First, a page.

The Art of the Assist – Part 1
Keeping together is progress.
Working together is success.”
Before you can ever make an assist, you’ve got to join a team or put one together (unless you like throwing assists to yourself). This is what Henry Ford mentions as “coming together.” It is merely the beginning, the first step to success. However, it lays the groundwork that will determine not only the frequency, ease, and style with which people will make assists, but the levels of success to which those assists will lead. While endless volumes have been written on the topic of team building, I break it down into 2 key parts: a person’s “character” and “skill.”
When I look at character from a team building standpoint, it’s all about integrity and a sense of duty. I use integrity here as it’s used in western ethics, meaning a person having an intuitive sense of honesty and truthfulness in regard to the motivations for one’s actions. Duty, on the other hand, refers to a moral commitment to someone or something without considering the previously relevant self-interested courses of action (both definitions from wikipedia). While neither of these character components are necessary to build an assist-capable team, their prevalence amongst team members amplifies each person’s ability to make more – and better – assists. People with integrity and a sense of duty on a team are more likely to understand their collective strength emanates from their coming together and commitment to each other, and this awareness allows them to rely on the power of the assist rather than on peoples’ abilities to be all-stars.
The other component, skill, is one’s learned expertise employed to achieve a certain result. No doubt you want your team members to have the necessary skills for a particular endeavor. The broader and deeper the skills they have, the more capable they are of making great assists and helping the team achieve success.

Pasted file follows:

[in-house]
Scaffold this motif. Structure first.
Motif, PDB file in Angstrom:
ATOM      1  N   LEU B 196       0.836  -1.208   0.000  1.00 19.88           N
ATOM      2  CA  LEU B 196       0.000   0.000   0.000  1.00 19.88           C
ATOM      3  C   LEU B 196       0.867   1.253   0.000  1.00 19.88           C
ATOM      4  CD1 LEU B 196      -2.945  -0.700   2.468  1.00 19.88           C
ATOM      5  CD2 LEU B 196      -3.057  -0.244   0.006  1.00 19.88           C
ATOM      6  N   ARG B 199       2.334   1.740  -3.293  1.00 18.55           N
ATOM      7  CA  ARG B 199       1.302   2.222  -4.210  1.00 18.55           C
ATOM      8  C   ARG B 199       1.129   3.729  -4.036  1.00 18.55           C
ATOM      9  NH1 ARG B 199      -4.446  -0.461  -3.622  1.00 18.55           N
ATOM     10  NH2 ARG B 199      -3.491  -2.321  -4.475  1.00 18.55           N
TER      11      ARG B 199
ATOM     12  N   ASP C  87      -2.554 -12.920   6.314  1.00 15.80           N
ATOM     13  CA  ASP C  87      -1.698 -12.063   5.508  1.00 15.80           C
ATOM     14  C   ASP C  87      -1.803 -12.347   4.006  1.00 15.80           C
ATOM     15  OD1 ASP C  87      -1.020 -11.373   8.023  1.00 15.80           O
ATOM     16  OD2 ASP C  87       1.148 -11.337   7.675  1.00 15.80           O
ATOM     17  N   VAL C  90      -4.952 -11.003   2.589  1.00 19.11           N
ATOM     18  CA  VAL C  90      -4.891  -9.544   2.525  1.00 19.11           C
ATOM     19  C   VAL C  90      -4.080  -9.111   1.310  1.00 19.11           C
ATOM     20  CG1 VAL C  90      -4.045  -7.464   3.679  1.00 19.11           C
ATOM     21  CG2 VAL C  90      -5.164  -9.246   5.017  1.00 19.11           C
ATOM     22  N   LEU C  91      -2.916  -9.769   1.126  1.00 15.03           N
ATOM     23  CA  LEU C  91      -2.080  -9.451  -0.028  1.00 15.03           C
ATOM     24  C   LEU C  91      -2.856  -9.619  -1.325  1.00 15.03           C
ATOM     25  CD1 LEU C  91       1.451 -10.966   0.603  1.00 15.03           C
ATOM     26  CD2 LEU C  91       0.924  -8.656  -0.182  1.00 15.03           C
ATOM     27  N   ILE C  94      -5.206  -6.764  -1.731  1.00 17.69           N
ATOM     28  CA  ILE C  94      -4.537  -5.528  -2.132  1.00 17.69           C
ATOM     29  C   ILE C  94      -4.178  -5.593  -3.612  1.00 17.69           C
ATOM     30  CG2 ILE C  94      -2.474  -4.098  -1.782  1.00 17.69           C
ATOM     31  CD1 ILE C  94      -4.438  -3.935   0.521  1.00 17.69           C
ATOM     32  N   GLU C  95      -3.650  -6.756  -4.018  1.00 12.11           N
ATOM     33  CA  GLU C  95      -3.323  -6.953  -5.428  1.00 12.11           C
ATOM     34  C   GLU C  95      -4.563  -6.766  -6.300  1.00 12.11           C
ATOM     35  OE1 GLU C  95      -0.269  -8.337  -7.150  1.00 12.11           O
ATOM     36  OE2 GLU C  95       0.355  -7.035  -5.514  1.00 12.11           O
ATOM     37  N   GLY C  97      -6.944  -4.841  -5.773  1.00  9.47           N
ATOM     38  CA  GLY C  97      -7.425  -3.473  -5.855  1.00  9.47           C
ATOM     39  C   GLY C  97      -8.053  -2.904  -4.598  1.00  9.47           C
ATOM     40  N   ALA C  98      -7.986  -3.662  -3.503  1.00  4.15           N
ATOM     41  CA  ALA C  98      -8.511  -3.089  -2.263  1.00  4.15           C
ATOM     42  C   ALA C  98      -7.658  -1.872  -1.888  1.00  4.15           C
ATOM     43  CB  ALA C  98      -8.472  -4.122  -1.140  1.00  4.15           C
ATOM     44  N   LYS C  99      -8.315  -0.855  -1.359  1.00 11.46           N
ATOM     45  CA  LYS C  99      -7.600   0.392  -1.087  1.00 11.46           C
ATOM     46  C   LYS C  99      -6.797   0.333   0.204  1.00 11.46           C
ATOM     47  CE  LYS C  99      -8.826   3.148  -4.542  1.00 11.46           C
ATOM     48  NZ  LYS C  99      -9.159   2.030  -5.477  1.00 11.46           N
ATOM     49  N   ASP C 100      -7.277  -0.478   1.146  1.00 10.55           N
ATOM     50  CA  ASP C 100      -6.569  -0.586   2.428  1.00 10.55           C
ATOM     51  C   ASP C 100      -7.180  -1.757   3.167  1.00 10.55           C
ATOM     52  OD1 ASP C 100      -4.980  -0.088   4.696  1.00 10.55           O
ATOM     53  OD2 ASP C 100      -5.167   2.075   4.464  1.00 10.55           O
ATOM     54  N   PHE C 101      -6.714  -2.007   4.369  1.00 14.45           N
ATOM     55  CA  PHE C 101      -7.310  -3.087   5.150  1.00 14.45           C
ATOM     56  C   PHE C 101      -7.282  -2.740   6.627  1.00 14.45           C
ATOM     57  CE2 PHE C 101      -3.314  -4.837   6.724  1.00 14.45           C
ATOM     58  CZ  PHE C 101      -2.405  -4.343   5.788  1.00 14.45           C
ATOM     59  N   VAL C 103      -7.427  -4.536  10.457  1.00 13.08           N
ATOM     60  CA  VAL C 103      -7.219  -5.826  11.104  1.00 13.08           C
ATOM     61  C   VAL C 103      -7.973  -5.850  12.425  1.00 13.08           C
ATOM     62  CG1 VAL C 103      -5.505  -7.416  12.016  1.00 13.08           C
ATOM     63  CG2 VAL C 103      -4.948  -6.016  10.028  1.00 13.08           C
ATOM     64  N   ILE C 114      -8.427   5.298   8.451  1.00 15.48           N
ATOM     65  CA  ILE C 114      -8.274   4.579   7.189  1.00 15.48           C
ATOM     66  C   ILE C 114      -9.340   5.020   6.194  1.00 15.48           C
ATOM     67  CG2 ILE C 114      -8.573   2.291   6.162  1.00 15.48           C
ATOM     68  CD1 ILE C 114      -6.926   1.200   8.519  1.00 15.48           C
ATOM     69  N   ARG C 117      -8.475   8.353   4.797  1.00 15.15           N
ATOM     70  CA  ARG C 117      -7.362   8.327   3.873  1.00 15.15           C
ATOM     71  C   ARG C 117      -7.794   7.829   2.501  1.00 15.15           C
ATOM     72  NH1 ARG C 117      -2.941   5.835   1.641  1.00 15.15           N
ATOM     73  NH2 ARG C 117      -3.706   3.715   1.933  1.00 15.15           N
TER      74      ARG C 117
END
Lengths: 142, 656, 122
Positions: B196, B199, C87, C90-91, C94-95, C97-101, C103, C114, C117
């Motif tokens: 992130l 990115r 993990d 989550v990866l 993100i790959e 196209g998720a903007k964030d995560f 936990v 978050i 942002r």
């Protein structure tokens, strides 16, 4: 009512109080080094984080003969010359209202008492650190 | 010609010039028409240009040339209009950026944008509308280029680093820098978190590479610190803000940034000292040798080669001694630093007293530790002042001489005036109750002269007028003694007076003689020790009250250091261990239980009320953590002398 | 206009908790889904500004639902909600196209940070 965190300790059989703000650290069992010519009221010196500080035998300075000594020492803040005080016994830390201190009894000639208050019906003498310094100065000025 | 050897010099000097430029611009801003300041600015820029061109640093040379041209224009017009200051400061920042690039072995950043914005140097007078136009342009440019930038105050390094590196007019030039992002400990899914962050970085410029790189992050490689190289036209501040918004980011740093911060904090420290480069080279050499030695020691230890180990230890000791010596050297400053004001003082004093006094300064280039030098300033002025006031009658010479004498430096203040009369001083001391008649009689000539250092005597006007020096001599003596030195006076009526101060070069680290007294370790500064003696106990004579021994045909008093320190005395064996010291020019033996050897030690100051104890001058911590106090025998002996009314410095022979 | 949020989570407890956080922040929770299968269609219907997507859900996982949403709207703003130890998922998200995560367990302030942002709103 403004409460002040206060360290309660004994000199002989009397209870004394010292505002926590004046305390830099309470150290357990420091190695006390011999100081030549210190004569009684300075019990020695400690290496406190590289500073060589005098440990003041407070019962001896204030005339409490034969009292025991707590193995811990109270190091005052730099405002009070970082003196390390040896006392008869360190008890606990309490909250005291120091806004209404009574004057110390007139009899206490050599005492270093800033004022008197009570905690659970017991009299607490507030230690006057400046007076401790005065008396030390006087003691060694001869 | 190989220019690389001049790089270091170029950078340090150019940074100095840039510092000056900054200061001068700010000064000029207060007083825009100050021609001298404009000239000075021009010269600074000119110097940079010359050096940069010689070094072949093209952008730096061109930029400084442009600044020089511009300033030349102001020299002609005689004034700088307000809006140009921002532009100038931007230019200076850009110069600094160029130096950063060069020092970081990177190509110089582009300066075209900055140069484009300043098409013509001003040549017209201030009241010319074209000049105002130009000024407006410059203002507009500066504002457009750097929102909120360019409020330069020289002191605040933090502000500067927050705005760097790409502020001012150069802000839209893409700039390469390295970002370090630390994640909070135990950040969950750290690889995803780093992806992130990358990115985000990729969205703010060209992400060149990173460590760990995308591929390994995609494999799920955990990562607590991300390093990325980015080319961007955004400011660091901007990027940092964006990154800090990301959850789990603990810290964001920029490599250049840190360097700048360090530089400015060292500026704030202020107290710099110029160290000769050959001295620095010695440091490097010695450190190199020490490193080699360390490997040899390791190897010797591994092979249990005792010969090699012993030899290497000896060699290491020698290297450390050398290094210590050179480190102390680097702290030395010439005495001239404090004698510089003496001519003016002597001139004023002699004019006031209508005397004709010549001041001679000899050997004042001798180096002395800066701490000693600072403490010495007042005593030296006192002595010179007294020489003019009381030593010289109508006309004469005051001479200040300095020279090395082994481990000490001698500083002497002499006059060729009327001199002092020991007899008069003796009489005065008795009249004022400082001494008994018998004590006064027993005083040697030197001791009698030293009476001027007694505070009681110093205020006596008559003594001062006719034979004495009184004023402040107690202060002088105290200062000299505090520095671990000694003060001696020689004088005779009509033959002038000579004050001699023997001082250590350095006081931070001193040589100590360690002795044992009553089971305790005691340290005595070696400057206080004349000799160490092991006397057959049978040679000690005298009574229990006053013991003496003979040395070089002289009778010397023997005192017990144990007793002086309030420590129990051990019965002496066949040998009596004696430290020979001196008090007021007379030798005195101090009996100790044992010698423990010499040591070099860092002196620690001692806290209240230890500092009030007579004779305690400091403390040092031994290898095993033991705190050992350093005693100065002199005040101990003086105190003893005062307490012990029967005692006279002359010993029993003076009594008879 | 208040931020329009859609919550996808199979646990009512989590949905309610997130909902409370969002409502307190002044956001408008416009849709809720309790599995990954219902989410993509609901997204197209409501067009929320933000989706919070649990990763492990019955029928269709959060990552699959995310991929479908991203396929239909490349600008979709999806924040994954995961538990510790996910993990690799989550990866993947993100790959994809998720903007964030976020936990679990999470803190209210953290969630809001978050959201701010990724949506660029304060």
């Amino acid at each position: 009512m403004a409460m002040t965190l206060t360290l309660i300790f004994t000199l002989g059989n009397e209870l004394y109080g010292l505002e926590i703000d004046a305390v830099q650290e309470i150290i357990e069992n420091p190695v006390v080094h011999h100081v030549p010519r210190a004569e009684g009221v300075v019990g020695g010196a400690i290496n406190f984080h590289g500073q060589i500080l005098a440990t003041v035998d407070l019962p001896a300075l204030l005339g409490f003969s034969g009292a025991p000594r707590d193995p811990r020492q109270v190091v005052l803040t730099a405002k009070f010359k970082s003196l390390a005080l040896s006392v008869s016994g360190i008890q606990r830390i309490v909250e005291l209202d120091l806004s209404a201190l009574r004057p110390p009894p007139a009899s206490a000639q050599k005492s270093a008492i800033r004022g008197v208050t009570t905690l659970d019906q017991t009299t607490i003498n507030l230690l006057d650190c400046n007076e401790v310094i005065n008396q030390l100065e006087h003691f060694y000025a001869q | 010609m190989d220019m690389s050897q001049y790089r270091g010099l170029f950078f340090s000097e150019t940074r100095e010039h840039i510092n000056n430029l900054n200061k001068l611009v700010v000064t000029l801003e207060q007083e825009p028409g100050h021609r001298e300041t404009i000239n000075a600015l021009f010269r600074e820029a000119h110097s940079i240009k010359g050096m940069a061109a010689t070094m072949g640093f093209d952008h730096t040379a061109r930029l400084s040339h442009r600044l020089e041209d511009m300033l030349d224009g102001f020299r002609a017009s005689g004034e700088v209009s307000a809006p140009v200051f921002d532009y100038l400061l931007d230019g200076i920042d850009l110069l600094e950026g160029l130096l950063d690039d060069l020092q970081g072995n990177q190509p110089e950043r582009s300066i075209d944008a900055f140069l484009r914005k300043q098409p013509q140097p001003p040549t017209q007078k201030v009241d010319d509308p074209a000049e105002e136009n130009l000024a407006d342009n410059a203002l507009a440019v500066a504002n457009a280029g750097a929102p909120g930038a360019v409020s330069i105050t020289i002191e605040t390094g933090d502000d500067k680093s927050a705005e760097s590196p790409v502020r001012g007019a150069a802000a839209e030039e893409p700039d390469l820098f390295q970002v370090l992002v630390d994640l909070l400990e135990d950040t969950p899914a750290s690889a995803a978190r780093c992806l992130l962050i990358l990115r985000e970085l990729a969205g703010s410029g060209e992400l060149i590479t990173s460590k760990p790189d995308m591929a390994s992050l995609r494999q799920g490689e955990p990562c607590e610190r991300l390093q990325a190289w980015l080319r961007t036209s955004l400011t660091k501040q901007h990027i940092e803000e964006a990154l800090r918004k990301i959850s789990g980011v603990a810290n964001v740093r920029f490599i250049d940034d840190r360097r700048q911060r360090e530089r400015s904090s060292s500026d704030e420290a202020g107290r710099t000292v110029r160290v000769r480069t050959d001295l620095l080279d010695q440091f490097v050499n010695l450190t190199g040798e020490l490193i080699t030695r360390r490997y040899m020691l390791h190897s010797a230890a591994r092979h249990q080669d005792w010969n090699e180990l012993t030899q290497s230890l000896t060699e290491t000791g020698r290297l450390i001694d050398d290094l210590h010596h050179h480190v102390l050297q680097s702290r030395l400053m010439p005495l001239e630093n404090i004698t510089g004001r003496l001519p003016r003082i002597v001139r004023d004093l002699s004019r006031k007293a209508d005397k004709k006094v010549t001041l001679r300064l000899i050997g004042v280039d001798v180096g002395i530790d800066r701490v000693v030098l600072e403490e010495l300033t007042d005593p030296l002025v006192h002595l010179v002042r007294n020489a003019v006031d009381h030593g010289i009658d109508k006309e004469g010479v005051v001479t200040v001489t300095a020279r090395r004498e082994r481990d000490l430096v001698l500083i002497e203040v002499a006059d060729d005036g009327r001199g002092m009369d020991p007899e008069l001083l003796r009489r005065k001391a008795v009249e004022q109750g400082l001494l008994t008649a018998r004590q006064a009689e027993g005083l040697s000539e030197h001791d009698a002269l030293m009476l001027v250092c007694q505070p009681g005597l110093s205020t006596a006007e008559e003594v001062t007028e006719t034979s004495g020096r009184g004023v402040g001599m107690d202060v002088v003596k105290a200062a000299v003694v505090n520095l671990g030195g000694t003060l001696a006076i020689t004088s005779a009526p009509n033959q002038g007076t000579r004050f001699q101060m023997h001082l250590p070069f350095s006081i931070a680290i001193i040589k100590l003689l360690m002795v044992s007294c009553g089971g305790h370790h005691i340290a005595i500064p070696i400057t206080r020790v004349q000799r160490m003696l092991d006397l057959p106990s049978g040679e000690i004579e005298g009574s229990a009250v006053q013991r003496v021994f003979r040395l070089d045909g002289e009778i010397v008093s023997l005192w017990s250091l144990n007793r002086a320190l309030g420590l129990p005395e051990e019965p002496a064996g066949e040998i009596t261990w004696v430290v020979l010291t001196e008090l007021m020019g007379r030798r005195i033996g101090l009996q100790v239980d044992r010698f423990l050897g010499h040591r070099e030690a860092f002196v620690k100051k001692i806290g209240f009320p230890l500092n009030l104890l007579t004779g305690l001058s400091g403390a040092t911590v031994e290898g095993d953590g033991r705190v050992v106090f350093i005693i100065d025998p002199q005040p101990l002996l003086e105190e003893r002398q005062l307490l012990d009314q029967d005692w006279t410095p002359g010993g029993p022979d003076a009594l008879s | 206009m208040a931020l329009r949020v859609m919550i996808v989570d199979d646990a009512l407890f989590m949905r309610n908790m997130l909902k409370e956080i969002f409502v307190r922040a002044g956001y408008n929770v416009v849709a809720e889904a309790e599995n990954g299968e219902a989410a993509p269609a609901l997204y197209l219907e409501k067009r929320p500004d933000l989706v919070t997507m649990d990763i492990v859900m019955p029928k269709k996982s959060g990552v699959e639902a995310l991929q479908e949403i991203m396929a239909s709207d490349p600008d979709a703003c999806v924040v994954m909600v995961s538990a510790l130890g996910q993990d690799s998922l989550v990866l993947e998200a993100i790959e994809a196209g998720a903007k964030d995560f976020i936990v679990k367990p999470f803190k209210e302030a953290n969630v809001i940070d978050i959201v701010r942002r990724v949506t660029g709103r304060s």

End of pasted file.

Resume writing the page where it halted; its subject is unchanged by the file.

When putting together a team, it’s easy to become caught up in visions of wild success based on people with impressive skill sets. One risk with teams composed of highly talented members is that of an all-star believing he or she can carry the team to success on his or her own, without the assistance of, or with limited help from, any other teammates. As this belief becomes more prevalent, the team’s assist-making potential decreases, as team members defer to the all-star. And while the short term effect can be positive, the long term effect is usually less than desirable. It is as they often say: “All-stars win games, teams win championships.” And when a team wins championships, it’s due in large part to it’s assist making; its capacity to transcend its parts and become one functioning unit. An additional risk of focusing on skill sets at the expense of character is a team unable to flex when the going gets tough. It is in challenging and changing times that a sense of duty helps team members adjust, as they oftentimes have to place the team’s interests above their own to make it through.
So here’s the soundbite: “A requisite for any assist is the team itself. Choose yours wisely. The better your team, the more assists you’ll have, the better your assists will be, and the greater your levels of success.”
Part 2 coming soon!